Stevens GM, Jackman RJ. Out-patient needle biopsy oftbe lung: its safety and utility. Radiology 1984; 151:301-04 Ueberman ~ Hafez GR, Crummy AB. Histology from aspiration biopsy: Thrner needle experience. AJR 1982; 138:561-64 Gobien ~ Bourchard EA, Gobien BS, Valicenti JF, Vujic I. Thin needle aspiration biopsy of thoracic lesions: impact on hospital charges and patterns of patient care. Radiology 1983; 148:65-7 Khouri Nit: Stitic F~ Erozen YS, et ale Thmsthoracic needle aspiration biopsy of benign and malignant lung lesions. AJR 1985;
results in diagnostic cytology. Acta Cytoll984; 28:450-56
,tn early and reliable differential diagnosis of pulmonary lesions can now be obtained by means of cytologic material from needle biopsies of the lung. The importance of computed tomography for the early detection and correct localization of small nodules was very well covered by Zerhouni, a well known expert in this field. Undoubtedly, many small nodules can be localized by means of computed tomography. However, this should not hide the importance of high quality standard radiographic procedures which usually give enough information. In the discussions of this topic it was stressed that short exposure times and higher voltage techniques (140-150 kV) should be used in chest radiography. Further, it was also pointed out that oblique views constitute an important element for the identification of small nodules in the lungs. Therefore, computed tomography should be considered a complement to standard routine examination. After identification of small nodules in the lungs, material can now be sampled from these for cytologic diagnosis with high accuracy. This topic was covered by Weisbrod and Tho. Needle biopsy is now performed everywhere in the world in large progressive centers for pulmonary diseases. The presentations by Weisbrod and Tao covered this subject very well but were limited to the use of the primarily introduced type of technique, the aspiration by thin needles. The use and advantages of the 0.8 mm thick screw needle technique was, however, also discussed. The general tendency is now to use fine needle aspiration or the 0.8 mm screw needle for sampling of cell material from the lungs. It has also been stressed that one should avoid thicker needles and particularly needles of the cutting type as these increase the rate of complications, such as bleeding and pneumothorax, considerably. In experienced hands, cytology is completely sufficient to obtain a reliable differential diagnosis.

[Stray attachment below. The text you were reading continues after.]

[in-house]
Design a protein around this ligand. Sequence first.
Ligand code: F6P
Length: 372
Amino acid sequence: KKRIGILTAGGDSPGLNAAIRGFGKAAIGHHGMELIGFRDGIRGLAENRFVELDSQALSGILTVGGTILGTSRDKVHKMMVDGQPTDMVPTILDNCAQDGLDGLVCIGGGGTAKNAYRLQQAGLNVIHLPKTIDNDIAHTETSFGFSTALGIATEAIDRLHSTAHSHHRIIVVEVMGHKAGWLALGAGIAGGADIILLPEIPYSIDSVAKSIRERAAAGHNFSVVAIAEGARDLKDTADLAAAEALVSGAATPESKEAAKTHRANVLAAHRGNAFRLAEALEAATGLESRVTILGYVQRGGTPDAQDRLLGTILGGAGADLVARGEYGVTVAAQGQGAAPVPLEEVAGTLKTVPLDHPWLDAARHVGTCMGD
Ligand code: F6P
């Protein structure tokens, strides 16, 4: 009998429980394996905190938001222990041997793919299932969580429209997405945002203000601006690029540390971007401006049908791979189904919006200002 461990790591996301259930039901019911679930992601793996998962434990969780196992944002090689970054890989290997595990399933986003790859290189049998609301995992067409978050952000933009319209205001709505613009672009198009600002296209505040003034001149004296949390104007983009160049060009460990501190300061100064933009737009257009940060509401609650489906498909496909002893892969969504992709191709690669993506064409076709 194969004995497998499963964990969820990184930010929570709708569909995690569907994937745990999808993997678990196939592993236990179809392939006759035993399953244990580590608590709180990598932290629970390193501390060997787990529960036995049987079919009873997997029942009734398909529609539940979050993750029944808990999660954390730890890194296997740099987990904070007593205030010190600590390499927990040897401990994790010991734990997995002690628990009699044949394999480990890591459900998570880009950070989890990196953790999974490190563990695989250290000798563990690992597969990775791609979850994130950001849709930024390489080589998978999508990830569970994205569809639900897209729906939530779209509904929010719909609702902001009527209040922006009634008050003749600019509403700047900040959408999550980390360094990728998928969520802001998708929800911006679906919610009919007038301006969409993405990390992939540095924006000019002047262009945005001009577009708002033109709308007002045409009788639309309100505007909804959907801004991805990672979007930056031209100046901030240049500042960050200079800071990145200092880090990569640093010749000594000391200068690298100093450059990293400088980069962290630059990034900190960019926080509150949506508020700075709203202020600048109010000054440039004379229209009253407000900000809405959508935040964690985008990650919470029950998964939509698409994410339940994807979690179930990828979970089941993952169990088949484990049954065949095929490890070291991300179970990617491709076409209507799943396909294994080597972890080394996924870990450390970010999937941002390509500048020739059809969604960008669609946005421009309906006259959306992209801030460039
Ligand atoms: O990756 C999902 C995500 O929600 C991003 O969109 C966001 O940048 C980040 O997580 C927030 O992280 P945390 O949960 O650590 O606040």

CHEST I 89 I 4 I APRIL, 1986 I Supplement